Of course, I am the purveyor of bad news and virtually every day this year, I have posted the death of someone or other, but why? Why this year? People die all the time. Granted there are more people alive on this planet now than at any other time in this planet's history, so the odds are that much greater that more people will also die each year, simply due to that fact.
A MAJOR factor is that the 1960s as a decade is now 50 years old. I, myself will be reaching that milestone on December 15th. About a month ago, I posted that NBC was the first television network to broadcast a full-color primetime programming line-up and that fact alone was a game changer, although no one really knew it at the time.
Let's go back to the 1960s. My grandfather turned 50 in 1964. When he turned 50, there was probably some nostalgia for things that happened in the 1910's, and people that were prominent back then were dying off in the 1960s and 70s. People like Buster Keaton and Charlie Chaplin and others, but the number of deaths of famous people were fewer and farther between compared to now since the amount of famous people who retained their fame for over 50 years was far fewer than now, so if someone who was big in the 1910s, they weren't necessarily still big in the 1960s.
Why? The difference is that in the 1960s, precious little material from the 1910s was still being shown as it was black and white and SILENT. Also, much material was not even archived as Vaudeville was still all the rage, so all of those performers and performances who never appeared on film was lost except to the memories of those who lived back then.
Now, because of color and the omnipresence of television, color TV shows and series (especially the more popular ones) have been aired endlessly since their debuts. Prior to the color transition, there were black and white series, but the ones that kept getting reran were ones that were filmed instead of done live and filmed as kinescopes. So, shows like "I Love Lucy" and the 39 episodes of "The Honeymooners" were and still are reran endlessly, while the kinescopes fell by the wayside.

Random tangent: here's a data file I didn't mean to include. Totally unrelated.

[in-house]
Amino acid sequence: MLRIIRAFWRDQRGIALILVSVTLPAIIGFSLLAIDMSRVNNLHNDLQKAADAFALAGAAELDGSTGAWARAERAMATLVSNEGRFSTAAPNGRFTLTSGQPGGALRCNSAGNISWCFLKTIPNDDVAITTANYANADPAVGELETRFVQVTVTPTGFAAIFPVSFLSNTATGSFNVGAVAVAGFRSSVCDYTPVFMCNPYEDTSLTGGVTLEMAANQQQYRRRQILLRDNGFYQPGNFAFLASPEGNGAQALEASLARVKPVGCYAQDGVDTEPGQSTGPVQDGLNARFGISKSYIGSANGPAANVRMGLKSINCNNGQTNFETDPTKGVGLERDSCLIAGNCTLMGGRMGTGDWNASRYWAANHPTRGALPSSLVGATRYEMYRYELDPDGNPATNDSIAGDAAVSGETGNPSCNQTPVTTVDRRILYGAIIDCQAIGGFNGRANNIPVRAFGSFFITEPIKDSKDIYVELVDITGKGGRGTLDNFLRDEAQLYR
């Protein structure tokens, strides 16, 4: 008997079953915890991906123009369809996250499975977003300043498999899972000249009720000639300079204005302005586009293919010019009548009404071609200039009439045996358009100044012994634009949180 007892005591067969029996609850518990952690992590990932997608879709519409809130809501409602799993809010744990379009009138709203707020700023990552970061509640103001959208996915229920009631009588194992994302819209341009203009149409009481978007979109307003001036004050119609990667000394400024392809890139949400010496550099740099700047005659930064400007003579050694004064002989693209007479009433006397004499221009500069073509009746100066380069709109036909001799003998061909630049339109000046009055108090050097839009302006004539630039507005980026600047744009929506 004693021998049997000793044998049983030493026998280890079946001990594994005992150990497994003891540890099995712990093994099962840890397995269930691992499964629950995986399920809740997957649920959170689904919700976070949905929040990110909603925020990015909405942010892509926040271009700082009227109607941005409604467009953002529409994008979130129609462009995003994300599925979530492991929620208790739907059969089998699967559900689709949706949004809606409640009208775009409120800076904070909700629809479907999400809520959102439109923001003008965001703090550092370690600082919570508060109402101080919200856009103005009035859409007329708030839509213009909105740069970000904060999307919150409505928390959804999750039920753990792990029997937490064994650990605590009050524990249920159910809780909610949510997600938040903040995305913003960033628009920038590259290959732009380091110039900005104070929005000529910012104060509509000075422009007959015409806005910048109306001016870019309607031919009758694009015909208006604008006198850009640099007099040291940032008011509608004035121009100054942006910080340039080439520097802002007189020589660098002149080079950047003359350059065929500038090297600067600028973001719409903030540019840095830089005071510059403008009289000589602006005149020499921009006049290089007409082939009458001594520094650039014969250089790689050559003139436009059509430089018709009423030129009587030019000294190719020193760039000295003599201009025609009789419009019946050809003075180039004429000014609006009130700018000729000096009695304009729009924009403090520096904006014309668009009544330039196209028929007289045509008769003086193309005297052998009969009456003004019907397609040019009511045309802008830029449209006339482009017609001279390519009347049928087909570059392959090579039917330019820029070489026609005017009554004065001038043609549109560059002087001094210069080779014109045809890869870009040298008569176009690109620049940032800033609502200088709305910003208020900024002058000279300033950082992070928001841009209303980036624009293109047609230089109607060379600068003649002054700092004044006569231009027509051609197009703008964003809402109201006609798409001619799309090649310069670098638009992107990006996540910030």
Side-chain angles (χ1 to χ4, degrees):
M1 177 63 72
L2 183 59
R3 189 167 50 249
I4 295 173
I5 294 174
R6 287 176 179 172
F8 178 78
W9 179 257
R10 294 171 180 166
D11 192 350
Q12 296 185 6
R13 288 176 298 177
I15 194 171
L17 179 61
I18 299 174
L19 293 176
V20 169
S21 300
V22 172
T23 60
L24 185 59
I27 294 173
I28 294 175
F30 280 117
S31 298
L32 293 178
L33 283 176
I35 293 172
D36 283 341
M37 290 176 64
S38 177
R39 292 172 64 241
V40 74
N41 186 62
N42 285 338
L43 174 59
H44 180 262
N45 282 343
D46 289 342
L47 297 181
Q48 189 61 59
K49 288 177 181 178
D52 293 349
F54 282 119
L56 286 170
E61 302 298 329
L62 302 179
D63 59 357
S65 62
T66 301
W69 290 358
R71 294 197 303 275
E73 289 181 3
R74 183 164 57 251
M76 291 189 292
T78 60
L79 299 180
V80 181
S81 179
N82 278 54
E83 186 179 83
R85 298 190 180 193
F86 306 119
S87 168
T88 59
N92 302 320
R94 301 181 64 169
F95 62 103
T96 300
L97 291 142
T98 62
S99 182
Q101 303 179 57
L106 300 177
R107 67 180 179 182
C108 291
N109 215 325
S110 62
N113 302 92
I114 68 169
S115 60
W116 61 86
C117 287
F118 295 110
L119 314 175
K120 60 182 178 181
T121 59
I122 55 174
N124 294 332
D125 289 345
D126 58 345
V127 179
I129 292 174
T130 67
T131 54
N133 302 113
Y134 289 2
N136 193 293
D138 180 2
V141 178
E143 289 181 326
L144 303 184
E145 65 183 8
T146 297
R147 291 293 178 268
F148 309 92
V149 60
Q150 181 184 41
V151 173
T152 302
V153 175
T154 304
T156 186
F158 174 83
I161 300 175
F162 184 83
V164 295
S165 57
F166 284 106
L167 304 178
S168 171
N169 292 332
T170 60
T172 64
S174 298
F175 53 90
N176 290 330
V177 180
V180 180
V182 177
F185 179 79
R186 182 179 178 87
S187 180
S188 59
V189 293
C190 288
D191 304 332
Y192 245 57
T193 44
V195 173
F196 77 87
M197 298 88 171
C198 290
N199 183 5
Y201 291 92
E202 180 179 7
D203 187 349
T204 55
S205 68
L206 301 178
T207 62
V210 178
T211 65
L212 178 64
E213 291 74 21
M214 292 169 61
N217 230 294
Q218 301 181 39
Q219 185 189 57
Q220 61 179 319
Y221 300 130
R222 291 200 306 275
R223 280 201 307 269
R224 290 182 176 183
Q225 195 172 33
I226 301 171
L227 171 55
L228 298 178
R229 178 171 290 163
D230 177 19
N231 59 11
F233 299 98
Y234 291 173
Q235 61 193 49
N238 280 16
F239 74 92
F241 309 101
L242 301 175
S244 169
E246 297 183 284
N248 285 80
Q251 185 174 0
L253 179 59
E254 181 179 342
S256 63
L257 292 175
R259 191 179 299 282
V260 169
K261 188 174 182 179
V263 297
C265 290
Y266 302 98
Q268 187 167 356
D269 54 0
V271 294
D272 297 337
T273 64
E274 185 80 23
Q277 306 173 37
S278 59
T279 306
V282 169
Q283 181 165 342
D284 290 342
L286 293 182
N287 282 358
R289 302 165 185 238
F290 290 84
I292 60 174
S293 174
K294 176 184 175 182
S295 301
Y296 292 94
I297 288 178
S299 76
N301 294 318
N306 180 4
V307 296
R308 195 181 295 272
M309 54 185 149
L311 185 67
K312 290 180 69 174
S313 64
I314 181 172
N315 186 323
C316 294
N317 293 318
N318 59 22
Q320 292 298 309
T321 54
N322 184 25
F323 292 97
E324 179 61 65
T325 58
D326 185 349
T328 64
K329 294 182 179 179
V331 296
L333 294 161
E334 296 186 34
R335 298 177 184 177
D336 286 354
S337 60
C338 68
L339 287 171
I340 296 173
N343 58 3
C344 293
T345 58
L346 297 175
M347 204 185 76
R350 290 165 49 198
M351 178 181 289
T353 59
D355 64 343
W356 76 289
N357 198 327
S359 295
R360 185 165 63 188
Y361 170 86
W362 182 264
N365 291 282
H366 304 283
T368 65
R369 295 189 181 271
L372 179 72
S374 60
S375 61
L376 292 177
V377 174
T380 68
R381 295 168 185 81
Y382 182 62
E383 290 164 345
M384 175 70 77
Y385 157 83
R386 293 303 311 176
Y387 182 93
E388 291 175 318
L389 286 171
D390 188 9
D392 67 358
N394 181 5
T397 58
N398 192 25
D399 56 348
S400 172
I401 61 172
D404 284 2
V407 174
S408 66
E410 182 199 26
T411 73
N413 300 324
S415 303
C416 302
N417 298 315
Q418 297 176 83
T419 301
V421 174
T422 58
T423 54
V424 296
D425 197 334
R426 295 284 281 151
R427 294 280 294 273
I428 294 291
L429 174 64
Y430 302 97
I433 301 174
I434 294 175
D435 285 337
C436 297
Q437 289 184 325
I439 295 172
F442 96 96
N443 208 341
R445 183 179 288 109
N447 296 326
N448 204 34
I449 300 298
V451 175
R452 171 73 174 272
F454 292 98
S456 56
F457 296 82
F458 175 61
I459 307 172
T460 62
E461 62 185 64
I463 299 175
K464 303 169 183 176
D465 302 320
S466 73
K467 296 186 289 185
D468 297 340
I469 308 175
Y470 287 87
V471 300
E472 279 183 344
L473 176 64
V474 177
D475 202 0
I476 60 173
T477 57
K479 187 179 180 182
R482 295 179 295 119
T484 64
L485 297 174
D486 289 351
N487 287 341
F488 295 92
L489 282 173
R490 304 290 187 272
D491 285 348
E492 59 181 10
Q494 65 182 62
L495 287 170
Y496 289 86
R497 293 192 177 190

Then, in recent times, with the advent of digital technology, the color masters (and even the black and white ones) have been digitally remastered and cleaned up so that they look like they were shot today. Coupled with that, the shows have aired in syndication, have been issued on tape and DVD, have been resurrected for oldies TV stations like MeTV and are now streaming.
Because of this, the aging stars who were in their 20s and 30s in the 1960s are now in their 70s and 80s, but because they appear on TV every day in their youth, they don't seem to have aged and are always on our TVs. So when they die, it's more of a hard hit because we all grew up with these people and they still look so young and vibrant.
Granted, some of the deaths this year have been a true shock like David Bowie, Prince and Florence Henderson who were still being very active and making regular appearances in concert and on TV.
So, will this stop now that 2016 is over? I'm afraid not. 2017 will probably continue to be the demise of more of our favorite celebrities from the 1960s and 1970s and 1980s and the remainder of those from earlier times, and it will only get worse as these people will continue to be shown in our homes on a regular basis making them also seem like they are eternally young. Fortunately, we have the memories and the footage so they will continue to live on.